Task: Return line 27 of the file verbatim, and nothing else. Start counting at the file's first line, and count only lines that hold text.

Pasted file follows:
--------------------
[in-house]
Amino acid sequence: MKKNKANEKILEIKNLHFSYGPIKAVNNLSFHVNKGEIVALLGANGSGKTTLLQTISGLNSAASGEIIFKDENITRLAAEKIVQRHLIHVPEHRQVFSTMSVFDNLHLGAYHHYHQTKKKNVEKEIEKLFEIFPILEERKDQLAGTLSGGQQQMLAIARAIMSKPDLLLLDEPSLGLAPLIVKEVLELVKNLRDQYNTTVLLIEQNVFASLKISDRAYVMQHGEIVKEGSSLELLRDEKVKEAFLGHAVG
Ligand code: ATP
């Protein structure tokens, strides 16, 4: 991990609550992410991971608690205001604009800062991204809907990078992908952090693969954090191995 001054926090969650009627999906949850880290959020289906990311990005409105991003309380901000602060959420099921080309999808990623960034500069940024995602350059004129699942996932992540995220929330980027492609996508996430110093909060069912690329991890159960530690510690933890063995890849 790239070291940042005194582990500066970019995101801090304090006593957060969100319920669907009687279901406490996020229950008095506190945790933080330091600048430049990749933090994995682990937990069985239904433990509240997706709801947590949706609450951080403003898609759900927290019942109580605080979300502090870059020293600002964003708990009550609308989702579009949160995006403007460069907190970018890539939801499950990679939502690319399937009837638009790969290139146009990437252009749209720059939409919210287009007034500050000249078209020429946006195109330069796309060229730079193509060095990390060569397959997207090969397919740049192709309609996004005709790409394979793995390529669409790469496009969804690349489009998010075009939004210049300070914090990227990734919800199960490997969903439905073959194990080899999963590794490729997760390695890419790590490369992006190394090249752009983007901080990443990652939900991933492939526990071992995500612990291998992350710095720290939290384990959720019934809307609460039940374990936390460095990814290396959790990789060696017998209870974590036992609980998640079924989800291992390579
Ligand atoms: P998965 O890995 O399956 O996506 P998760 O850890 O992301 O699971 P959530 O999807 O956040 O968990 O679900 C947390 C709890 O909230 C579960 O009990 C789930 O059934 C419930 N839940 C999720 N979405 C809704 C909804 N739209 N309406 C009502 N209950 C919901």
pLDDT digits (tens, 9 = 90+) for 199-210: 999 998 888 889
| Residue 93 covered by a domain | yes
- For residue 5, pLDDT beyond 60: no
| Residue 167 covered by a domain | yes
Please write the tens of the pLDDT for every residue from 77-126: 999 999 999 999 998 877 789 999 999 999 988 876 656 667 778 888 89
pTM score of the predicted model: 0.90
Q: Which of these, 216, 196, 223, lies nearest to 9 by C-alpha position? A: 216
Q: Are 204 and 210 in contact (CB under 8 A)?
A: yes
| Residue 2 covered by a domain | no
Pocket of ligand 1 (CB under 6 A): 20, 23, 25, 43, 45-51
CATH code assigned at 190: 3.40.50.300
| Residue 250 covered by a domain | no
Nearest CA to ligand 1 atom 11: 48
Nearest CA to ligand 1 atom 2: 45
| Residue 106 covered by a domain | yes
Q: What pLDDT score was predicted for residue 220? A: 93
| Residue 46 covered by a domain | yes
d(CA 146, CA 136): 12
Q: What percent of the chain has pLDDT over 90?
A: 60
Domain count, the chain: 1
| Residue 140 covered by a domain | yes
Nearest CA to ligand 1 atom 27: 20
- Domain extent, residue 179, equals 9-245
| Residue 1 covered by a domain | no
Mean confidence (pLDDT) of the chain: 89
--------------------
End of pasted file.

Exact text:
Domain count, the chain: 1